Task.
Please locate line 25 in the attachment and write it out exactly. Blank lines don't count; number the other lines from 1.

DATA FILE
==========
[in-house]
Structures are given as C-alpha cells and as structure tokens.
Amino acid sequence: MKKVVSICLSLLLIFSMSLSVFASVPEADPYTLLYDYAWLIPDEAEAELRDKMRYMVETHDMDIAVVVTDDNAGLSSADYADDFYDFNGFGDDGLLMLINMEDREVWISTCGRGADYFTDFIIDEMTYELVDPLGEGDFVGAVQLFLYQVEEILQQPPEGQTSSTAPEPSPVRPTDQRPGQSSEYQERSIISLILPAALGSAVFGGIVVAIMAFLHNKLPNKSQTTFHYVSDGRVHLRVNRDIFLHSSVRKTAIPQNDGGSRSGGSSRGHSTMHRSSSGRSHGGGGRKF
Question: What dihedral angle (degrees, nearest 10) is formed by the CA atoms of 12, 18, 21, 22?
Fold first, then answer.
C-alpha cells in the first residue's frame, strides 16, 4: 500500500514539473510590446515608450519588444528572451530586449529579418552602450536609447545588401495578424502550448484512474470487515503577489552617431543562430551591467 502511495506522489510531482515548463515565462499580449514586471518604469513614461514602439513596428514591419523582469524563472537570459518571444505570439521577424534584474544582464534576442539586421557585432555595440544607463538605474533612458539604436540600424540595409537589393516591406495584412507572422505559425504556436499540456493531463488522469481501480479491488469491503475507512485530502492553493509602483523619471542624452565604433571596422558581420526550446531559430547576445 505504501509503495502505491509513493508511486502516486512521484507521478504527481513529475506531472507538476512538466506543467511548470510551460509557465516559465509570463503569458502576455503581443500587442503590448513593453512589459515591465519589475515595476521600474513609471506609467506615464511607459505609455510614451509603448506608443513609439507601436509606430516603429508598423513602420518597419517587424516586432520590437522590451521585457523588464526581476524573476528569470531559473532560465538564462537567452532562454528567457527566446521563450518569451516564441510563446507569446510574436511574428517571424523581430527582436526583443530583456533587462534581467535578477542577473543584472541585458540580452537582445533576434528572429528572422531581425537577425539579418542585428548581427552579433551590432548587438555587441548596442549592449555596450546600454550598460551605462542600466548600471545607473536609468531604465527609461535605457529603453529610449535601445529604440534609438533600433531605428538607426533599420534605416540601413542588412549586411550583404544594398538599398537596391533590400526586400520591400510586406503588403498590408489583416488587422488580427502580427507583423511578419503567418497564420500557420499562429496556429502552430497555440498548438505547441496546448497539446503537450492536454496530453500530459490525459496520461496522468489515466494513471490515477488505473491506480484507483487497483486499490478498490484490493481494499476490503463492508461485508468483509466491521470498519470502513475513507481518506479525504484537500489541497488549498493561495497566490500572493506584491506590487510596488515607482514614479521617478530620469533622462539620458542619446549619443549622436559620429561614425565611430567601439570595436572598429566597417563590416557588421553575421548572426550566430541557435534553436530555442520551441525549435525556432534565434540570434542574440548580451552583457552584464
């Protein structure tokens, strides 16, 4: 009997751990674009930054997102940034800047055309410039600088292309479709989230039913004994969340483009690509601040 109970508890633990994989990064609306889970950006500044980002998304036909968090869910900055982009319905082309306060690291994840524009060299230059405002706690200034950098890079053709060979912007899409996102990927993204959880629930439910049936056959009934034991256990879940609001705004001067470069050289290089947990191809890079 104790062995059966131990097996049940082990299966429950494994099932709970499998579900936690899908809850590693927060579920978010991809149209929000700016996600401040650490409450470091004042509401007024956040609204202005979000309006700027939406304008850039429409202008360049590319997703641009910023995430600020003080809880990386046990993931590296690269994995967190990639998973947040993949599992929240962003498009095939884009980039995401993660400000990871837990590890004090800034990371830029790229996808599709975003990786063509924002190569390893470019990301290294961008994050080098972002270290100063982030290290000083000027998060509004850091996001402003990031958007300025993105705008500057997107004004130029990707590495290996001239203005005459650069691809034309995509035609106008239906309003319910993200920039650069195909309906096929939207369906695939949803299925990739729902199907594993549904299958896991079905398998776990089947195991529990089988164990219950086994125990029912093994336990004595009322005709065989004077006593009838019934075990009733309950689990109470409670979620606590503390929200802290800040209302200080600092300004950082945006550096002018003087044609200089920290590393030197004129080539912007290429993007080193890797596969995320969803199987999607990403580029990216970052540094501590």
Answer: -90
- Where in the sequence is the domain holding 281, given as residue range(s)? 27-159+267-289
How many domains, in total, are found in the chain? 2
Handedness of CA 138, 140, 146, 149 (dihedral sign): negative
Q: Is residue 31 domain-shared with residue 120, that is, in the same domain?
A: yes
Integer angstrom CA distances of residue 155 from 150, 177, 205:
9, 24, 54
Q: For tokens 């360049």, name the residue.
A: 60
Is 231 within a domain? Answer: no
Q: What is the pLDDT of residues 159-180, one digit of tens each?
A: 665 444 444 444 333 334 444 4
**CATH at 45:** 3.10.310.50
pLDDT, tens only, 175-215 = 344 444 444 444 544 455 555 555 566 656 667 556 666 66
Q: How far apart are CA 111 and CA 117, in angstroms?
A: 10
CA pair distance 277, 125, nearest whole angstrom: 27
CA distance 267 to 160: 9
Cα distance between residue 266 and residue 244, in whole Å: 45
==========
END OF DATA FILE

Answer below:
CA pair distance 277, 125, nearest whole angstrom: 27